When Dilip Piramal, the executive chairman of VIP Industries Ltd, took over the business in 1973, the sales figure was R50 lakh. Under his able leadership, the company became the market leader with the current market capital being R1,500 crore. We meet Dilip, who is also the president of Indian Merchants’ Chamber, and wife Shalini Piramal, the president of Indian Merchants’ Chamber Ladies Wing, to know more about their work and life together.
“Drink to me only with thine eyes,
And I will pledge with mine;
Or leave a kiss but in the cup
And I’ll not ask for wine…”
“CAN YOU TELL ME WHO WROTE THIS?” HE ASKS WITH A JOVIAL SMILE. WE ARE talking to Dilip Piramal, the executive chairman of VIP Industries Ltd, about his company, his life and interests, and we thought we had done our research well. However, the question leaves us stumped. As we mumble, he replies with an even bigger smile, “It is Song: to Celia by Ben Jonson, one of the most romantic poems I’ve read.” We realise there are many facets to Dilip Piramal, who is also the president of the Indian Merchants’ Chamber.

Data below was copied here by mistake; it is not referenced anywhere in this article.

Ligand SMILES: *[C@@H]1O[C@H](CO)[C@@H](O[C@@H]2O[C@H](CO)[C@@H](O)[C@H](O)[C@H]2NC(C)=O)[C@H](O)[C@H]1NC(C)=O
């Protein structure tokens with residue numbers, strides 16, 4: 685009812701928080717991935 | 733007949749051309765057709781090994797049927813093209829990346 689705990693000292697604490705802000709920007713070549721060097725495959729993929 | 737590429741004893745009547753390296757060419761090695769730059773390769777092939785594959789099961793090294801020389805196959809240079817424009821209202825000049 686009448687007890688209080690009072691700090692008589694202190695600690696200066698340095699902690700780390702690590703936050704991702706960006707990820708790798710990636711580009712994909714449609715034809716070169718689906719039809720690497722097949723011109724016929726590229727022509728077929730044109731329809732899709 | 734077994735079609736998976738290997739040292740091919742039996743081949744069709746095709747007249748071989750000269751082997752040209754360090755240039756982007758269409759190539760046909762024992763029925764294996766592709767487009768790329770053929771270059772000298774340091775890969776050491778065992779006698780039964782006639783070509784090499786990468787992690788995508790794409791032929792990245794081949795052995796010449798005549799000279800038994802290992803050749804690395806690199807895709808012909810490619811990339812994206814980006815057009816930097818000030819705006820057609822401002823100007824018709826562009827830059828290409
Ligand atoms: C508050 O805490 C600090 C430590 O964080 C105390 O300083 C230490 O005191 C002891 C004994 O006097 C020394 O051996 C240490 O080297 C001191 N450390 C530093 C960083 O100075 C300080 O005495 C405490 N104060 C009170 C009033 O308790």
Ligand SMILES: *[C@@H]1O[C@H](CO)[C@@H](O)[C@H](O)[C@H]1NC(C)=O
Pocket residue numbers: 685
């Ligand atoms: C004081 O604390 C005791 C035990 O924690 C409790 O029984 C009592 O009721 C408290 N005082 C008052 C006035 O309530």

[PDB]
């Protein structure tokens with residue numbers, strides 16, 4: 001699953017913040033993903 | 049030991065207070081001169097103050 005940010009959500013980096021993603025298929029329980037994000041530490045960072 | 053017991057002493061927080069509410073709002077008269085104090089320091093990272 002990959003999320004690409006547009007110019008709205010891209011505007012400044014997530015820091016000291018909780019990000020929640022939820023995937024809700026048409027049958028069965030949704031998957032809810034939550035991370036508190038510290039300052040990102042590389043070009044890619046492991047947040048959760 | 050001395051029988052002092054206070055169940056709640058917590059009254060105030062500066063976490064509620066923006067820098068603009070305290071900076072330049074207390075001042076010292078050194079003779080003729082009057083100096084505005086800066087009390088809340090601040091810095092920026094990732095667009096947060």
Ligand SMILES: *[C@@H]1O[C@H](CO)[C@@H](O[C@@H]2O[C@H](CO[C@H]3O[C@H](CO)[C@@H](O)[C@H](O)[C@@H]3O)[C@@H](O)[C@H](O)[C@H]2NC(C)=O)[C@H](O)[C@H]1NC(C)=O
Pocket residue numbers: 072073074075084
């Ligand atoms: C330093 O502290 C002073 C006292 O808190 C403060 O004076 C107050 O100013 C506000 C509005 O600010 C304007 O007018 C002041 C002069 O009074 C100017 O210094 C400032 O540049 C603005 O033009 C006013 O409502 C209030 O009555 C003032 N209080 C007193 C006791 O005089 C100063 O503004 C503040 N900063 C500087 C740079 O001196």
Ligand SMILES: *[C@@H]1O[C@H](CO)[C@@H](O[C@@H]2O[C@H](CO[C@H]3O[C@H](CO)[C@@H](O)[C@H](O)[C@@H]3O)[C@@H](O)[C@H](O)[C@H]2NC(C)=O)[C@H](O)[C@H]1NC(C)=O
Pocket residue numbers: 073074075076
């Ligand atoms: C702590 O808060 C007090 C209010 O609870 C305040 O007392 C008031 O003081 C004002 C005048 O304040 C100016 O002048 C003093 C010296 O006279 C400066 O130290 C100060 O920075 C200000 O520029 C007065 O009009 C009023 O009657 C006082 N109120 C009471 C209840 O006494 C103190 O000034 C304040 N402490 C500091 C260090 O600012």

We meet Dilip Piramal, 66, and wife Shalini Piramal, 51, at the 10-storey Piramal House off the Worli seaface. While Dilip and his family occupy the sixth, seventh and eighth floors, his brother Ajay Piramal and the family of their deceased brother Ashok Piramal have three floors each to themselves. The sprawling Piramal House overlooking the Bandra-Worli Sea Link was built by Dilip’s grandfather, the late Piramal Makharia, in 1938 and was redeveloped in 2010.
The Piramals are originally from the Shekhawati region in Rajasthan, which comprises the political districts of Jhunjhunu and Sikar. “We come from a place called Bagar, which is in Jhunjhunu district; it’s about 180 km northwest of Jaipur and 220 km southeast of Delhi.” It was Piramal Makharia who had migrated to Mumbai around 110 years ago and set up the family business. While Dilip visits his hometown once every year, he
has spent his entire life in Mumbai, having schooled at
St. Xaviers Boys Academy, Mumbai, and graduated from Sydenham College, Mumbai.
The journey begins